Organisations globally are heavily investing in innovation centres and while the US remains the market leader, innovation centres are rapidly coming up in India and Singapore, says a Capgemini report.
Organisations globally are heavily investing in innovation centres and while the US remains the market leader, innovation centres are rapidly coming up in India and Singapore, says a Capgemini report. According to Capgemini’s Digital Transformation Institute’s report released today, Silicon Valley is no longer the default option for firms seeking to open an innovation centre. Globally, it now accounts for only 13 per cent of innovation centres compared to 18 per cent in 2015. “Newer hubs such as Singapore and India will continue to attract investment, given their governments’ push towards a digital economy and abundance of digital talent,” the report noted. In terms of newly opened innovation centres(between November 2016– October 2017), the US topped the chart, followed by Singapore and Germany in the second and third place respectively.
Others in the top 10 include India at the fourth place, UK (5th), Israel (6th), France (7th), China (8th), Canada (9th)and Saudi Arabia (10th), the report said. The report further noted that in August 2017, PayPal announced plans to launch two innovation centres in India, one each in Bangalore and Chennai on the lines of the ones they have in the US and Singapore. Similarly, energy giant Shell recently launched a Technology Centre in Bangalore as they consider India to be “a heartland-of-talent, proficient at generating best-in-class ideas, insights and business models”, it added. The report further said though firms globally are heavily investing in innovation centres in an attempt to keep up with market changes, they are failing to become more innovative. The report noted that while the number of global innovation centres continues to grow, only 17 per cent of companies have adopted a company-wide culture of innovation.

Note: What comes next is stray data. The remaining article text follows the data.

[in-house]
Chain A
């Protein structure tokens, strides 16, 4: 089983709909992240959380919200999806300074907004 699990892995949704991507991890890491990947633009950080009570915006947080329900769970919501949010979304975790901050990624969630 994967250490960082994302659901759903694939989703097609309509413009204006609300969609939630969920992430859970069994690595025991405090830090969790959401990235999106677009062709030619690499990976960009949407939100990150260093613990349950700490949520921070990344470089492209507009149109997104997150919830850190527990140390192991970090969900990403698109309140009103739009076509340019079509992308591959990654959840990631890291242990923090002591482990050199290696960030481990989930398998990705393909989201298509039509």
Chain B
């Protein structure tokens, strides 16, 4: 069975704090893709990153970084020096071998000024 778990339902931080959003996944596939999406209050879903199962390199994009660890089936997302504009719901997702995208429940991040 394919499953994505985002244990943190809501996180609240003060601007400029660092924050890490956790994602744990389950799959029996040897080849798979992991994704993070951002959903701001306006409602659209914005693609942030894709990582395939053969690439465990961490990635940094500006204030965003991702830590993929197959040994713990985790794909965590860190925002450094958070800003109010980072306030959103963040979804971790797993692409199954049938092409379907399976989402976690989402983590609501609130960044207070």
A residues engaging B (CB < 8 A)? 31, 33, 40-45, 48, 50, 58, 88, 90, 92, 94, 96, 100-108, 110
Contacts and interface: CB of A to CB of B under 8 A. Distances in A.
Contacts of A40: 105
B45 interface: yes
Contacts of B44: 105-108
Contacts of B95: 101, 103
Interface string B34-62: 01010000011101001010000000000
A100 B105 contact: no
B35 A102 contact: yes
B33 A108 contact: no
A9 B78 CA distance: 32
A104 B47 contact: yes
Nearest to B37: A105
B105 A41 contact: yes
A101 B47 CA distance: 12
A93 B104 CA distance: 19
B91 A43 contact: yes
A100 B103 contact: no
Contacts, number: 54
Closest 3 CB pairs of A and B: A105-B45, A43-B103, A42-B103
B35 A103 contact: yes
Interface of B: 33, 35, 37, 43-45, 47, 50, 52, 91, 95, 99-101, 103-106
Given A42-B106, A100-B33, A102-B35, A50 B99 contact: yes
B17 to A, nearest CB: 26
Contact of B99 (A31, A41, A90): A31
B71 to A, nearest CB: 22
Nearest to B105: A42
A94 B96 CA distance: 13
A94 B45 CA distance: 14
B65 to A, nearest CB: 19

“Organisations need to accept that they cannot just open innovation centres and expect an overnight transformation in their creative output. “To achieve and sustain real change, firms need to create a culture in which all employees are encouraged, through financial and non-financial incentives, to experiment and push ideas to market,” said Lanny Cohen, Global Chief Technology and Innovation Officer of Capgemini. Capgemini’s Digital Transformation Institute surveyed 1,700 respondents from 340 organisations from March to April 2017. This included eight countries: the US, the United Kingdom, France, Germany, Italy, Sweden, the Netherlands, and Spain. The survey covered five sectors: automotive, banking/insurance, consumer products, retail, and telecommunications.